(Original post by Shane Plummer with Quarter Horse News – full link at bottom) Let me tell you something you already know. Horses. Are. EXPENSIVE! Yep, I said it.

Wow, is this game expensive! The path with horses is not in a straight line. It is not an accounting measure of adding up expenses and that equates a value. Horses are a game of doing everything you can to make smart decisions, working your tail off to get results and then being on the right side of luck when the coin is flipped. We all do it; we all have a passion for it. Sometimes the gamble pays off and sometimes it doesn’t. It should be a “known” in what we do.

Today, I am writing not to discourage you from enjoying your horse passion, but to inform you so that you can make informed decisions. As someone that has made a living in the horse business for quite some time, I want to see others succeed because if they succeed, they’ll stick around! Capitalism 101 — despite what some yahoos might say — is all based off of a mutual exchange of goods and services for both parties to benefit. Capitalism without customers is like jumping out of an airplane without a parachute. Good luck.

Business is a game of cashflows, and managing those cashflows will dictate success or failure. More in than — it’s a pretty simple concept, really, but oh so difficult when in life we are faced with unforeseen circumstances. Life is tough. My horse business is extremely capital intense. Margins are razor thin. When I have a dead-beat, non-paying customer, it is tough to manage cashflow. It puts the kibosh on the whole system. I am hopefully getting wiser with customer selection and not allowing accounts to get too out of hand, but it is never easy. As stated earlier, it is rarely a straight line.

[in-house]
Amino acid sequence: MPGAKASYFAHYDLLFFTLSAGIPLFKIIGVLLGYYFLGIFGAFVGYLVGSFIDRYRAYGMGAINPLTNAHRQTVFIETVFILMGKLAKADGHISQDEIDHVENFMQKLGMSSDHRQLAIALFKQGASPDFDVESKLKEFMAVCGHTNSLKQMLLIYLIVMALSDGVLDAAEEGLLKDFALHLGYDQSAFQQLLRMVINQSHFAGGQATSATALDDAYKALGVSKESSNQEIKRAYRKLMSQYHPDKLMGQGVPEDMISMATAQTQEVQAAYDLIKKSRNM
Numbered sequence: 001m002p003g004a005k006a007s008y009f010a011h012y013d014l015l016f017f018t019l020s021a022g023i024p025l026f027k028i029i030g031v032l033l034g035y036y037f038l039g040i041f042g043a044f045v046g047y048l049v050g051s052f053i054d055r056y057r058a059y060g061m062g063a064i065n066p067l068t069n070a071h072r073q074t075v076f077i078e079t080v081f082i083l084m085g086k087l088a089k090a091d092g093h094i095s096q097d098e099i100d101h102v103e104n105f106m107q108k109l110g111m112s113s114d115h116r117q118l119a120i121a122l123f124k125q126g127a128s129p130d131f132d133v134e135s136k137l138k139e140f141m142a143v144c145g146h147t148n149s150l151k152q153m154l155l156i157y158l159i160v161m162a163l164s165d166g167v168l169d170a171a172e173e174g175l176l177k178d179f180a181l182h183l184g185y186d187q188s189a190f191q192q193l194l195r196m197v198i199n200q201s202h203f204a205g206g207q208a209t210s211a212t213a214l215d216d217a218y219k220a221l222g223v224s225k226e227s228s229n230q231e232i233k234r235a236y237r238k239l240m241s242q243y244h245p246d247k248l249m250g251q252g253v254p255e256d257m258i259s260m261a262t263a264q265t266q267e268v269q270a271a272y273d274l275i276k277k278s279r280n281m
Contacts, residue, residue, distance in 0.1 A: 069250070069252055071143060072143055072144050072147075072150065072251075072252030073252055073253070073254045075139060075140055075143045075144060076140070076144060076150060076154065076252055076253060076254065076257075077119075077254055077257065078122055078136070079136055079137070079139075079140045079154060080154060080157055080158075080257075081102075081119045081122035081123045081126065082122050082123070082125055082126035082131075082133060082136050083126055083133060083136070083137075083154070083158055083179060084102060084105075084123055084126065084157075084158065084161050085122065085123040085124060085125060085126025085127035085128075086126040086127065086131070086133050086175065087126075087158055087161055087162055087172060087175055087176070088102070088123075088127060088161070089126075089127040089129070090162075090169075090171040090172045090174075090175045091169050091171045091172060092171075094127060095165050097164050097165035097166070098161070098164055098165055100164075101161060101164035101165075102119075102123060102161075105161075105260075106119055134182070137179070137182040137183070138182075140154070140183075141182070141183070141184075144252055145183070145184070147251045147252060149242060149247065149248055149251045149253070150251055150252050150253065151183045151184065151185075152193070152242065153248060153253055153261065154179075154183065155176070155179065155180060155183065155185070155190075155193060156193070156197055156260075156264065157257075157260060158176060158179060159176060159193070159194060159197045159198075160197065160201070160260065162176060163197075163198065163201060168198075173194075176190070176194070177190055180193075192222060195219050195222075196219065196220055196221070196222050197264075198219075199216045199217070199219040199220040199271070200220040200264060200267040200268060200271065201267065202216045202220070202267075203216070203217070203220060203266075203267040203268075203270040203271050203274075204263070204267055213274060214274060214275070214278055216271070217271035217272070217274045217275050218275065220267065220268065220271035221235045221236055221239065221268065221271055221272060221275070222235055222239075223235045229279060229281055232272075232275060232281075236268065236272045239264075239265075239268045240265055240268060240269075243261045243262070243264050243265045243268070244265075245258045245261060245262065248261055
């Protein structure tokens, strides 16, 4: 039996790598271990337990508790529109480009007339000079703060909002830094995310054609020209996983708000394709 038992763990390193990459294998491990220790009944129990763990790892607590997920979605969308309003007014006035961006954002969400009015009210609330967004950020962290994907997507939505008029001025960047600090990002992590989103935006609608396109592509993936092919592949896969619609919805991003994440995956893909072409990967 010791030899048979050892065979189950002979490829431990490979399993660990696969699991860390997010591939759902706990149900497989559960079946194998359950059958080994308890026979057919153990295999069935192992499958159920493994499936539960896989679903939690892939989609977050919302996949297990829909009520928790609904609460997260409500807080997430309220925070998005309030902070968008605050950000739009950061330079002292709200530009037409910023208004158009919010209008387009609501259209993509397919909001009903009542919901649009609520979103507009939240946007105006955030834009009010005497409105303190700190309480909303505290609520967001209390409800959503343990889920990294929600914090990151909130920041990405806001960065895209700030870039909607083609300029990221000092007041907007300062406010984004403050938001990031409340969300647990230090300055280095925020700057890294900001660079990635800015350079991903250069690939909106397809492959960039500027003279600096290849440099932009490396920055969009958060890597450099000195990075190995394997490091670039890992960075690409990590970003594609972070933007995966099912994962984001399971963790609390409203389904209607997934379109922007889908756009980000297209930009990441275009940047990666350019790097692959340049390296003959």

So with all that being said, I give you Horse Econ 101:

  1. Make sure you know costs before you commit.
  2. If you can’t afford it, don’t do it.
  3. Whatever you commit to, pay it on time.
  4. If it is not working, stop it so the expense stops.
  5. Do not make your problem someone else’s problem.
  6. Pretty please, with honey on top, do NOT treat your horse venture like a hobby when it comes to those that rely on providing services for your hobby, which is, in fact, their business.

I think that about covers it. I, too, have to follow 1-6 for the health and viability of my horse venture. I sure don’t want No. 5 for my vendors. At times, it sure hasn’t been easy, but alas, I’m still afloat.

Another thing, please don’t waste other people’s time or energy inquiring about horses that you really have no intention of buying or can’t even afford. I have been made a billionaire thrice over off of the deals that didn’t happen and would have never happened because someone, just for the sake of their weird game, wanted to kick my horses’ “tires.” Don’t do that. It makes me and others very grumpy. I’m, of course, exaggerating on the billionaire thing, but I’m 100 percent serious about not being a tire-kicker.

If any of what I have written has offended you, I’m not sorry. I do love you, though, if that helps. This is how I feed my family, so I’m not ashamed of who I am or what I do. I’m just trying to take one day at a time to make my tomorrow better. 

To all those that entrust us with their horses through care and services, THANK YOU! We are so very, very, very GRATEFUL! I can’t promise perfect results, but I can promise near-perfect effort in all that we do.

I’ll sign off this entry with — Enjoy your horses at whatever level you deem appropriate and be wise with whatever decision you make. It will affect others. We are all in this together, and we all need each other. It wouldn’t be an industry if it were not so. Horses are the best.

“There is something about the outside of a horse that is good for the inside of a man.” —Winston Churchill

Original post: https://www.quarterhorsenews.com/2019/03/horse-econ-101/